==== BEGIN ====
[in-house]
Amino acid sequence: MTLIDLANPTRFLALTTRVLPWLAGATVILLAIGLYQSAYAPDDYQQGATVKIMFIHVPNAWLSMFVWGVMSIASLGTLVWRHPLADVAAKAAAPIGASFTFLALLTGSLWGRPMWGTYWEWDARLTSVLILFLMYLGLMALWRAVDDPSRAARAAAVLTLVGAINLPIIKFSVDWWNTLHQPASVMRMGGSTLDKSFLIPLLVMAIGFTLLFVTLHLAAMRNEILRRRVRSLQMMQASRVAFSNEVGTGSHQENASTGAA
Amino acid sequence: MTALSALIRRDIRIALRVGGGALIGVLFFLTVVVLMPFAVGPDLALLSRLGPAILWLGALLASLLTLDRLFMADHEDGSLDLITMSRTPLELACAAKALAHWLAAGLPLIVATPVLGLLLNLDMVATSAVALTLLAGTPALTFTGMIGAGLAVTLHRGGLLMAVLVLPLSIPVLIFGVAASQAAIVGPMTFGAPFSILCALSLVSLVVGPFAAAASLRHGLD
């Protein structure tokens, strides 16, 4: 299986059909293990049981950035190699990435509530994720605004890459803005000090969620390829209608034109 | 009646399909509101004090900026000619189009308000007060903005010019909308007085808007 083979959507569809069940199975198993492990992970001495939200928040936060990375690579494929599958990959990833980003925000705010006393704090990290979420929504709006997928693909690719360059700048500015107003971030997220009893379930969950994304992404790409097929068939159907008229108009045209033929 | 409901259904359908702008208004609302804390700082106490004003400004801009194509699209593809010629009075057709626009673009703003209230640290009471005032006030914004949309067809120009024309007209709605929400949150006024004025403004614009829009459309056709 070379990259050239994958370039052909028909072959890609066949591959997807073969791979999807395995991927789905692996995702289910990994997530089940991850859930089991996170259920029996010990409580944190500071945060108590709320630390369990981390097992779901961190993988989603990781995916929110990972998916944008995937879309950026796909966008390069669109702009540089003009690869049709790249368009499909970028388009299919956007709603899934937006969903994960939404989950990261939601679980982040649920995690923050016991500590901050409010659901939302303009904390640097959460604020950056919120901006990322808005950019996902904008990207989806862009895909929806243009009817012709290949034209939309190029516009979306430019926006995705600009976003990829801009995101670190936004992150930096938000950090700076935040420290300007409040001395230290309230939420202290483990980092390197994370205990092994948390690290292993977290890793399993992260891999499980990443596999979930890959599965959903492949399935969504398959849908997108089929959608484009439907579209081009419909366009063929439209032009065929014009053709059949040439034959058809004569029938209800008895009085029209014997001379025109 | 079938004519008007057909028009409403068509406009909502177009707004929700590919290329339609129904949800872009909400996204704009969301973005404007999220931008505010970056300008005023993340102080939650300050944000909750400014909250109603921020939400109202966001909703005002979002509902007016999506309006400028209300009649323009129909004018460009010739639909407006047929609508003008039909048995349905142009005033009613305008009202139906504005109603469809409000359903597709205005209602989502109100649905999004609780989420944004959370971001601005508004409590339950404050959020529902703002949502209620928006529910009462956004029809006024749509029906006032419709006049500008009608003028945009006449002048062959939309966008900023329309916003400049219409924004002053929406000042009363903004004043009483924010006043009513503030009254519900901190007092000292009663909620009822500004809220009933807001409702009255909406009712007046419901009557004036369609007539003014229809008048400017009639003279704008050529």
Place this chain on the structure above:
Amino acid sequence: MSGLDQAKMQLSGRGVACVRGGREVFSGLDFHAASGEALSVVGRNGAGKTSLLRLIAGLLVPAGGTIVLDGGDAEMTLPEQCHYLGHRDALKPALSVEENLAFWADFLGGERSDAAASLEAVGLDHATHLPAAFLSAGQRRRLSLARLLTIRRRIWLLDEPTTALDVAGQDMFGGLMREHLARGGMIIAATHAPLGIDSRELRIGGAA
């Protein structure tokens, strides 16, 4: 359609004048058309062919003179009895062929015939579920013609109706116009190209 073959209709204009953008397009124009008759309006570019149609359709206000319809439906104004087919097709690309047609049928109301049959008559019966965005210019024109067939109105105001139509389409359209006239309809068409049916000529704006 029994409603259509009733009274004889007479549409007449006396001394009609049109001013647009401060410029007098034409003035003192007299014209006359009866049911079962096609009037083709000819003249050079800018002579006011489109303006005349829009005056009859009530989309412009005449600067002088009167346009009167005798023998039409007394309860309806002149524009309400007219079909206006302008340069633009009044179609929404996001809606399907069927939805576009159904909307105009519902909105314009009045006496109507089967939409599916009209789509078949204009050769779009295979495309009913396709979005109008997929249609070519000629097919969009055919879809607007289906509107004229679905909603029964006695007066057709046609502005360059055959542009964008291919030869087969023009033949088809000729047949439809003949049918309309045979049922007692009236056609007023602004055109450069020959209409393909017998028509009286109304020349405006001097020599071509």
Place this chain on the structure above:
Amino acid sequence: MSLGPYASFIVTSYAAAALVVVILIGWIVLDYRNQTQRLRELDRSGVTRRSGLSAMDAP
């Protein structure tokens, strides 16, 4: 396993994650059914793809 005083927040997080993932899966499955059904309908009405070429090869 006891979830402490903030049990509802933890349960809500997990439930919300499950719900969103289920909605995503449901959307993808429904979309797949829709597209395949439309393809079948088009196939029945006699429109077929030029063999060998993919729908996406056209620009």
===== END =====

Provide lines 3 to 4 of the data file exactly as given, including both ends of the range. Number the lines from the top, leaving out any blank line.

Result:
Amino acid sequence: MTALSALIRRDIRIALRVGGGALIGVLFFLTVVVLMPFAVGPDLALLSRLGPAILWLGALLASLLTLDRLFMADHEDGSLDLITMSRTPLELACAAKALAHWLAAGLPLIVATPVLGLLLNLDMVATSAVALTLLAGTPALTFTGMIGAGLAVTLHRGGLLMAVLVLPLSIPVLIFGVAASQAAIVGPMTFGAPFSILCALSLVSLVVGPFAAAASLRHGLD
């Protein structure tokens, strides 16, 4: 299986059909293990049981950035190699990435509530994720605004890459803005000090969620390829209608034109 | 009646399909509101004090900026000619189009308000007060903005010019909308007085808007 083979959507569809069940199975198993492990992970001495939200928040936060990375690579494929599958990959990833980003925000705010006393704090990290979420929504709006997928693909690719360059700048500015107003971030997220009893379930969950994304992404790409097929068939159907008229108009045209033929 | 409901259904359908702008208004609302804390700082106490004003400004801009194509699209593809010629009075057709626009673009703003209230640290009471005032006030914004949309067809120009024309007209709605929400949150006024004025403004614009829009459309056709 070379990259050239994958370039052909028909072959890609066949591959997807073969791979999807395995991927789905692996995702289910990994997530089940991850859930089991996170259920029996010990409580944190500071945060108590709320630390369990981390097992779901961190993988989603990781995916929110990972998916944008995937879309950026796909966008390069669109702009540089003009690869049709790249368009499909970028388009299919956007709603899934937006969903994960939404989950990261939601679980982040649920995690923050016991500590901050409010659901939302303009904390640097959460604020950056919120901006990322808005950019996902904008990207989806862009895909929806243009009817012709290949034209939309190029516009979306430019926006995705600009976003990829801009995101670190936004992150930096938000950090700076935040420290300007409040001395230290309230939420202290483990980092390197994370205990092994948390690290292993977290890793399993992260891999499980990443596999979930890959599965959903492949399935969504398959849908997108089929959608484009439907579209081009419909366009063929439209032009065929014009053709059949040439034959058809004569029938209800008895009085029209014997001379025109 | 079938004519008007057909028009409403068509406009909502177009707004929700590919290329339609129904949800872009909400996204704009969301973005404007999220931008505010970056300008005023993340102080939650300050944000909750400014909250109603921020939400109202966001909703005002979002509902007016999506309006400028209300009649323009129909004018460009010739639909407006047929609508003008039909048995349905142009005033009613305008009202139906504005109603469809409000359903597709205005209602989502109100649905999004609780989420944004959370971001601005508004409590339950404050959020529902703002949502209620928006529910009462956004029809006024749509029906006032419709006049500008009608003028945009006449002048062959939309966008900023329309916003400049219409924004002053929406000042009363903004004043009483924010006043009513503030009254519900901190007092000292009663909620009822500004809220009933807001409702009255909406009712007046419901009557004036369609007539003014229809008048400017009639003279704008050529």